Clegg on families: Tories want to "turn back the clock", Labour "minimise importance of couples in family life"
by Stephen Tall on July 7, 2009
Later this afternoon Nick Clegg will deliver the third annual Relate Institute lecture, warning about the impact the recession is having on families and relationships, and stressing the important role relationships and commitment play in our society. He will also criticise Tory leader David Cameron for focussing obsessively on the legal institution of marriage. Here’s a section which crystallises Nick’s views:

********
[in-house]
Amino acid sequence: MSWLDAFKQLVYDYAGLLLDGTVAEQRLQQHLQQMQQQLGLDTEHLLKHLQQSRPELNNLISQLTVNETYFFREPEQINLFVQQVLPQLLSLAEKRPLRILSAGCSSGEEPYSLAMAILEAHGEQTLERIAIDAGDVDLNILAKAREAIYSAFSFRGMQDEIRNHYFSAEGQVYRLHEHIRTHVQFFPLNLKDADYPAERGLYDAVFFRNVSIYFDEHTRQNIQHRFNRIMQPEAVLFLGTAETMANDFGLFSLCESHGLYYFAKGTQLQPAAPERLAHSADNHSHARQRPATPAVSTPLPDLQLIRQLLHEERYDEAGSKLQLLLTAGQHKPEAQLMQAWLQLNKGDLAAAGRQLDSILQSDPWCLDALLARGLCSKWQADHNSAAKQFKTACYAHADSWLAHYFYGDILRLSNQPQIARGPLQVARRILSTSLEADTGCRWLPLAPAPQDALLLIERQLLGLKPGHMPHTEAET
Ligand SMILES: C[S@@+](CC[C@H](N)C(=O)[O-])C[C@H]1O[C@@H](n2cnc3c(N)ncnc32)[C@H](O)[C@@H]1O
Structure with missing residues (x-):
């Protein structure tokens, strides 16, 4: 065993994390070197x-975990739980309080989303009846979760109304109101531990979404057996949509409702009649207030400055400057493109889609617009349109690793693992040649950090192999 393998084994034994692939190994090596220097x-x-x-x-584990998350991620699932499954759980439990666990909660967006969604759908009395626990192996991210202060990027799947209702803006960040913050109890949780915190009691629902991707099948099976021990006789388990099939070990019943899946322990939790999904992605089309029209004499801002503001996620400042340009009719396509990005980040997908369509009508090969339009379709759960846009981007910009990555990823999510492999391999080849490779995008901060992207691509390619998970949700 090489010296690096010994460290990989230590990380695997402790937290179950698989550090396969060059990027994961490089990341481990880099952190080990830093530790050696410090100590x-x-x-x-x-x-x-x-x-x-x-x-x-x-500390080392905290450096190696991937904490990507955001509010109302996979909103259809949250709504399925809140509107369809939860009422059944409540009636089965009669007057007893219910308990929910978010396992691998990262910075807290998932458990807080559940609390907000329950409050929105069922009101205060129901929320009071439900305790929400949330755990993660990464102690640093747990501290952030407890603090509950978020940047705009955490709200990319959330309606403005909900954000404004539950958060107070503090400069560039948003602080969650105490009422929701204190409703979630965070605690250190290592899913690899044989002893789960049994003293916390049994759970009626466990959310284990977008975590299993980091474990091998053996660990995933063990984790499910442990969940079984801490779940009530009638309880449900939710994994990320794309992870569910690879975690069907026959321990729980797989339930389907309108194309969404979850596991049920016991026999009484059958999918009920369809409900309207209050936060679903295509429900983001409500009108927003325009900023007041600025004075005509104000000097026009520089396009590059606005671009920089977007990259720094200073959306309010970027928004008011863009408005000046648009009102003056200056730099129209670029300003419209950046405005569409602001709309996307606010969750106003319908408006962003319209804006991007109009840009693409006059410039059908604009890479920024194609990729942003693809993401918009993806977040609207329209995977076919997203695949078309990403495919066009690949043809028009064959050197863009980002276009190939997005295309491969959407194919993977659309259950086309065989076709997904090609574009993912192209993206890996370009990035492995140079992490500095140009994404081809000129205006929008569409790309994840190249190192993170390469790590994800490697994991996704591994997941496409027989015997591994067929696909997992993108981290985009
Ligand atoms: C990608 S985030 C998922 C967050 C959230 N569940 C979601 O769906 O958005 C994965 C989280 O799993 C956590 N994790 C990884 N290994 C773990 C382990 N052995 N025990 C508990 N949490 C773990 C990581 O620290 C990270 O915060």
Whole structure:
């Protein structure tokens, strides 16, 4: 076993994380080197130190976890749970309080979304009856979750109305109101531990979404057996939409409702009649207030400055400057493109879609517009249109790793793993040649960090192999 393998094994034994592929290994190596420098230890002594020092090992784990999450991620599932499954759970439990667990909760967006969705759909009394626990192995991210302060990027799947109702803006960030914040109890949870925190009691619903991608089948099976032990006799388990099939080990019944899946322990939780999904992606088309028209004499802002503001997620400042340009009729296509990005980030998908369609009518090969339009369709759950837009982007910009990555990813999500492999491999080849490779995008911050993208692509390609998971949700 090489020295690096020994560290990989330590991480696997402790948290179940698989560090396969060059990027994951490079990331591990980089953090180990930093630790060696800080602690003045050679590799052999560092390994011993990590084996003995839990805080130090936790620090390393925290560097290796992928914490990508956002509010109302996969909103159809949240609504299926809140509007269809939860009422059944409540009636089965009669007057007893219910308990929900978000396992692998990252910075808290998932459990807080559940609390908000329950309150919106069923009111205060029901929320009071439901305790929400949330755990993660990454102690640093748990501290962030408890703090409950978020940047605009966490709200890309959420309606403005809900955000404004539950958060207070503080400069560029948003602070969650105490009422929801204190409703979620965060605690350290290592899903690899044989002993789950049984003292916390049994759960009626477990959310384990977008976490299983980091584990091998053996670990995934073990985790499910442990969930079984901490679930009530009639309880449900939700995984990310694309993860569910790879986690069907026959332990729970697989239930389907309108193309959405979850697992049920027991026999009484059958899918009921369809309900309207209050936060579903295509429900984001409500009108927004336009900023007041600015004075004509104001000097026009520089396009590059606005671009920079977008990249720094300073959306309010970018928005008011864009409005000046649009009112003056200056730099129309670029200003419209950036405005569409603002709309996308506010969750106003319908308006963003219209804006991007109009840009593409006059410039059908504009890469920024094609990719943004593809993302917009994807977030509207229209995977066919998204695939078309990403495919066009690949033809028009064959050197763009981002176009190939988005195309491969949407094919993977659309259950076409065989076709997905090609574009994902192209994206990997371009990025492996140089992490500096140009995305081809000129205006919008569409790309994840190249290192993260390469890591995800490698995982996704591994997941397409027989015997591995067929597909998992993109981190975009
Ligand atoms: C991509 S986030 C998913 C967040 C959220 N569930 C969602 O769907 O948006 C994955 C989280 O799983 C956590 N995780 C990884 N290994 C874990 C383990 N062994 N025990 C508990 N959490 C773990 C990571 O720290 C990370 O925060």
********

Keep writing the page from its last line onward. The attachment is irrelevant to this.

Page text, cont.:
… [the liberal and Liberal Democrats’] approach attaches real value to relationships, to commitment and to love, but does not seek to limit or prescribe what makes for a strong relationship.
I would not hesitate to say that relationships are important, that two parents will find life much easier than one, and that divorce and family breakdown hurt everyone involved, and can lead to many wider social problems from educational failure through to mental illness.
But I also believe gay and lesbian couples can be as good parents as heterosexual couples. I believe you don’t have to be married to be committed to your partner and that marriage is not a substitute for love, commitment and respect. And I believe a well-managed divorce can be far better than a miserable, angry or violent marriage.